Yeah, so at the moment, it's definitely more geared towards one-on-one. So for example, a student might reach out to me on Instagram, or they might comment on one of my TikToks and say, like, 'I don't know where to start with scholarships, I need help.' So usually, from there, I will say, 'Okay, great. I'd love to help you out. Here are a few, initial blog posts and resources that I suggest checking out. And if you still have questions after that, or let's say you're working on an essay for a scholarship, and you just want some help narrowing down your topics, or some basic editing and things like that, then feel free to sign up for my office hours. And you and I can sit down over Google Meet or Zoom and chat for that period of time, and we'll see how I can help.' So they're definitely more geared towards one-on-one at the moment.
Okay. So I guess for the scholarship process, there's kind of three steps, there were two steps, for sure, and you really want the third step as well. But so there's the find the scholarship, apply to this scholarship, win the scholarship. And
There's no point in doing the first two steps if you don't really have a chance of, of winning. So you tell me a little bit. I've noticed on your website, you had some strategies around figuring out which ones make sense to apply to, or how does the process work in that regard of, you know, should I spend my time filling this one out, or that one out? Or skip both of these and go on and find a better one?
Right, so the main piece of advice that I have for students when it comes to, because the reality is that there are, thousands and thousands of scholarships out there. And as a student, you likely don't have the time to apply for thousands and thousands of scholarships. So you have to learn how to be selective and be picky in terms of the ones that you do choose to spend your time on, right? So with that, I would say that the main piece of advice that I tell students is to really try and find the scholarships that are as specific or unique to your profile as possible. So before a student even sits down to apply for any scholarships, like let's say a student is completely new to the process. One thing that I always suggest is to either open up a Word document or even just sit down with a pen and a pad of paper and start writing down or bulleting a list of things that you feel make up who you are, right? So what state do you live in? What's your GPA? What's your intended area of study? What extracurricular activities are you involved in? What are your passions outside of academics? And then there's all these other random things. For example, there are scholarships out there for twins, there are scholarships out there for people who are super tall or left handed or various other quirky aspects of your makeup as a person. So I always encourage students to create that initial list of everything that you feel makes up who you are. And then it ultimately will make it easier to search for scholarships, because let's say you're a STEM major. So maybe you're an engineering student, right? It's probably a lot more helpful to search for scholarships for women in STEM, as opposed to just scholarships for STEM students, right? So anything that you can do to make it so that you're searching for scholarships that are as specific to your profile as possible, will likely mean that the competition is slightly less, because you're not in an application pool with thousands of other students may be the terms and I guess conditions to that specific scholarship, make it so that less people can apply. So you're competing against fewer people. So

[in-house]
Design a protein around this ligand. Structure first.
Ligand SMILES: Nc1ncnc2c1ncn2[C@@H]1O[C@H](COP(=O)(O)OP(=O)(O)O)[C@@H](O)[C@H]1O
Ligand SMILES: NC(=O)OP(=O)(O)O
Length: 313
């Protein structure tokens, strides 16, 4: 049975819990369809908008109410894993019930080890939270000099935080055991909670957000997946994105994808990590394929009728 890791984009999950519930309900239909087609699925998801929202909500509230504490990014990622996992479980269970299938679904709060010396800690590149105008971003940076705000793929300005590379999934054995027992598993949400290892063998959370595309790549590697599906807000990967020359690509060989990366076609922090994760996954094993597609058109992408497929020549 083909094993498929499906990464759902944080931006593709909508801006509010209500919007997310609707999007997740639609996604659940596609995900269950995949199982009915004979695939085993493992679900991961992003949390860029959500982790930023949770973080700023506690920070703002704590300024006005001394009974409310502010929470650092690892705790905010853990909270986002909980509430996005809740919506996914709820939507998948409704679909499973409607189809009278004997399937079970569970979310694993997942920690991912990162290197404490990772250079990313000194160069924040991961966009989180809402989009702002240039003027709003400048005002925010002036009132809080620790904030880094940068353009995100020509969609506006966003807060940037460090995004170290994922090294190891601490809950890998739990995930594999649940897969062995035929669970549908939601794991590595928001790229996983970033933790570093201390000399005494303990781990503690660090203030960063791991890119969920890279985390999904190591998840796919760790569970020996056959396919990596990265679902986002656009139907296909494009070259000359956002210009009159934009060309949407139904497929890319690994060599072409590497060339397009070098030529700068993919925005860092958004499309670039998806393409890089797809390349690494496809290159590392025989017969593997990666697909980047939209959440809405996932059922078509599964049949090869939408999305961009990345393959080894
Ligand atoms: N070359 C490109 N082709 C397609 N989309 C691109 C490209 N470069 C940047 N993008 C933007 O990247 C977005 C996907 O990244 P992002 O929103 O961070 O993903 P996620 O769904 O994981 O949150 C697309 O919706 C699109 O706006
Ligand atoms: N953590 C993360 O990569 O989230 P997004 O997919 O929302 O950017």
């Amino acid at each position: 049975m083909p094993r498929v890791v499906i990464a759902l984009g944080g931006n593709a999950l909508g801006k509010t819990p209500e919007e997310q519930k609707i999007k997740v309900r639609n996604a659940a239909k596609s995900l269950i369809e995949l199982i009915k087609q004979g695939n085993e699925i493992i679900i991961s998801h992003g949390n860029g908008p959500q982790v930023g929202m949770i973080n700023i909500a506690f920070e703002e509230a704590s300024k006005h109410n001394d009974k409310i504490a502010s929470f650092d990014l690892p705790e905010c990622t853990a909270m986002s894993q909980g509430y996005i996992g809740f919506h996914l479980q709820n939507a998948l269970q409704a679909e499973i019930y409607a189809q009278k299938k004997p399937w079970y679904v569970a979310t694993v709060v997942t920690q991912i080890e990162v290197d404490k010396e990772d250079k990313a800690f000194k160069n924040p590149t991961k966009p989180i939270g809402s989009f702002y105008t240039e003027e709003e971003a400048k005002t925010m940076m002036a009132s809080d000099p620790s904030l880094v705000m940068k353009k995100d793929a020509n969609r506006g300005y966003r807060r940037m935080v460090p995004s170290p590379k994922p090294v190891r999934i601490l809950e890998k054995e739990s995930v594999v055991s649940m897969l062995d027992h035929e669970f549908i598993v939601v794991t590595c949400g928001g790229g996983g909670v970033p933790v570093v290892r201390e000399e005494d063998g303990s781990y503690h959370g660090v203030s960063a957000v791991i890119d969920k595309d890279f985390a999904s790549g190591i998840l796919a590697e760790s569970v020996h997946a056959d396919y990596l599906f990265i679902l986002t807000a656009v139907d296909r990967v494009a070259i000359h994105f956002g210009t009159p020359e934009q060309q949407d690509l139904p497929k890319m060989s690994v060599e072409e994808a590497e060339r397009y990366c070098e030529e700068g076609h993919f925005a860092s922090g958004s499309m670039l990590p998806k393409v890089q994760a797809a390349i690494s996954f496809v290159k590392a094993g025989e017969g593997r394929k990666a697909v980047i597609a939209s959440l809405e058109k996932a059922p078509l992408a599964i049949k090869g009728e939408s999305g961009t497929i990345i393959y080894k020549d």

Okay, so I'd say I have something unique. Like, I'm a redhead, that's relatively unique.
I've tried to find scholarships for redheads. And I did find one where, and it was a very, it was $500. It was on a website that was kind of defunct. And it essentially said, the guy that put it together, he said, I created the scholarship for redheads because I searched for one and I couldn't find it. So I decided I had to put one out there. And it looks like it was kind of a, a passion project or something he was doing in his spare time, just as kind of a joke. And looks like he got tired of it. Because the last time it was awarded was eight years ago. But the remnants of it was still out on the internet. So I guess we're in your platform, how does that work? If we have some uniquenesses that we're trying to put into you have a way to, is it free form? Or is there a list that we check boxes? Or how does the search parameters work within your program?
Yeah, definitely. So when students go on to our scholarship search, they can enter in their major, their area or their intended area of study, their GPA, any extracurriculars that they're involved in, whether that be a sport, or some sort of leadership or anything like that. And at the moment, our platform doesn't quite get as specific as you know, you can't just search like, 'Oh, I'm a redhead,' or like, 'What color is my hair,' right?